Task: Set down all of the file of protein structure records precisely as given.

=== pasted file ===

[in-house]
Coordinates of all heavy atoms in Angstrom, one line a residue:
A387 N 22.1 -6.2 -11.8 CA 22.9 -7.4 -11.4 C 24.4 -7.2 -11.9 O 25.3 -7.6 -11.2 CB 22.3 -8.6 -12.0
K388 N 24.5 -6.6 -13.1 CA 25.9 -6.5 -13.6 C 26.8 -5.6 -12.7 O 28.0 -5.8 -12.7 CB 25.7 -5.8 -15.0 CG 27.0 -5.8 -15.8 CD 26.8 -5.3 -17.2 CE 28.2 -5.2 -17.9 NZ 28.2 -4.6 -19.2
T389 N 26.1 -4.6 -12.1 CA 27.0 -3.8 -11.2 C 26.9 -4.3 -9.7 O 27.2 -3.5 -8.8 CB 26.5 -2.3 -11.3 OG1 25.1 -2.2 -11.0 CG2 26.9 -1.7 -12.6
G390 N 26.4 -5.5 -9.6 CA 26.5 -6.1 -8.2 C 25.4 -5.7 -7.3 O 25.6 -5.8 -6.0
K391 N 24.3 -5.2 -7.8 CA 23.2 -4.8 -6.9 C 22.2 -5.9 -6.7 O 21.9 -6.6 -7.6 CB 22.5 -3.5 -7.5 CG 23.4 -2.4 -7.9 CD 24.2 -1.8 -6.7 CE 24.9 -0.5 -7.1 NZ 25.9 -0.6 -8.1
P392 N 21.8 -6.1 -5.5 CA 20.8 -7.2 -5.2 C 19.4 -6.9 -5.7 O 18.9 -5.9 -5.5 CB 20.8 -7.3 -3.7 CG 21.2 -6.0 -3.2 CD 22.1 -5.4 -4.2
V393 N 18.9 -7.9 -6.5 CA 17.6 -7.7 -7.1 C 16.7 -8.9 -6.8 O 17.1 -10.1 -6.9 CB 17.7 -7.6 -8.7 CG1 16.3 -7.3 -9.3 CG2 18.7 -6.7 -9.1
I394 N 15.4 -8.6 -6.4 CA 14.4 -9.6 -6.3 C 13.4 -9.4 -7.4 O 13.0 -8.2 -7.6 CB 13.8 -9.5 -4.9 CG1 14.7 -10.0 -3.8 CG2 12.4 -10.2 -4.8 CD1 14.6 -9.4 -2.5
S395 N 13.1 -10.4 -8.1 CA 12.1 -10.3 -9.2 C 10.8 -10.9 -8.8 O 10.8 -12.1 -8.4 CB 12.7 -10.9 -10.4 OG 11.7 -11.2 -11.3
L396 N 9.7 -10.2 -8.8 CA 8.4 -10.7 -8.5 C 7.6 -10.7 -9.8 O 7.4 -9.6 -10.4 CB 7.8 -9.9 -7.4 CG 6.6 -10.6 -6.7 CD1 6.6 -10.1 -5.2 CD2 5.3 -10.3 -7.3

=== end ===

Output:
[in-house]
Coordinates of all heavy atoms in Angstrom, one line a residue:
A387 N 22.1 -6.2 -11.8 CA 22.9 -7.4 -11.4 C 24.4 -7.2 -11.9 O 25.3 -7.6 -11.2 CB 22.3 -8.6 -12.0
K388 N 24.5 -6.6 -13.1 CA 25.9 -6.5 -13.6 C 26.8 -5.6 -12.7 O 28.0 -5.8 -12.7 CB 25.7 -5.8 -15.0 CG 27.0 -5.8 -15.8 CD 26.8 -5.3 -17.2 CE 28.2 -5.2 -17.9 NZ 28.2 -4.6 -19.2
T389 N 26.1 -4.6 -12.1 CA 27.0 -3.8 -11.2 C 26.9 -4.3 -9.7 O 27.2 -3.5 -8.8 CB 26.5 -2.3 -11.3 OG1 25.1 -2.2 -11.0 CG2 26.9 -1.7 -12.6
G390 N 26.4 -5.5 -9.6 CA 26.5 -6.1 -8.2 C 25.4 -5.7 -7.3 O 25.6 -5.8 -6.0
K391 N 24.3 -5.2 -7.8 CA 23.2 -4.8 -6.9 C 22.2 -5.9 -6.7 O 21.9 -6.6 -7.6 CB 22.5 -3.5 -7.5 CG 23.4 -2.4 -7.9 CD 24.2 -1.8 -6.7 CE 24.9 -0.5 -7.1 NZ 25.9 -0.6 -8.1
P392 N 21.8 -6.1 -5.5 CA 20.8 -7.2 -5.2 C 19.4 -6.9 -5.7 O 18.9 -5.9 -5.5 CB 20.8 -7.3 -3.7 CG 21.2 -6.0 -3.2 CD 22.1 -5.4 -4.2
V393 N 18.9 -7.9 -6.5 CA 17.6 -7.7 -7.1 C 16.7 -8.9 -6.8 O 17.1 -10.1 -6.9 CB 17.7 -7.6 -8.7 CG1 16.3 -7.3 -9.3 CG2 18.7 -6.7 -9.1
I394 N 15.4 -8.6 -6.4 CA 14.4 -9.6 -6.3 C 13.4 -9.4 -7.4 O 13.0 -8.2 -7.6 CB 13.8 -9.5 -4.9 CG1 14.7 -10.0 -3.8 CG2 12.4 -10.2 -4.8 CD1 14.6 -9.4 -2.5
S395 N 13.1 -10.4 -8.1 CA 12.1 -10.3 -9.2 C 10.8 -10.9 -8.8 O 10.8 -12.1 -8.4 CB 12.7 -10.9 -10.4 OG 11.7 -11.2 -11.3
L396 N 9.7 -10.2 -8.8 CA 8.4 -10.7 -8.5 C 7.6 -10.7 -9.8 O 7.4 -9.6 -10.4 CB 7.8 -9.9 -7.4 CG 6.6 -10.6 -6.7 CD1 6.6 -10.1 -5.2 CD2 5.3 -10.3 -7.3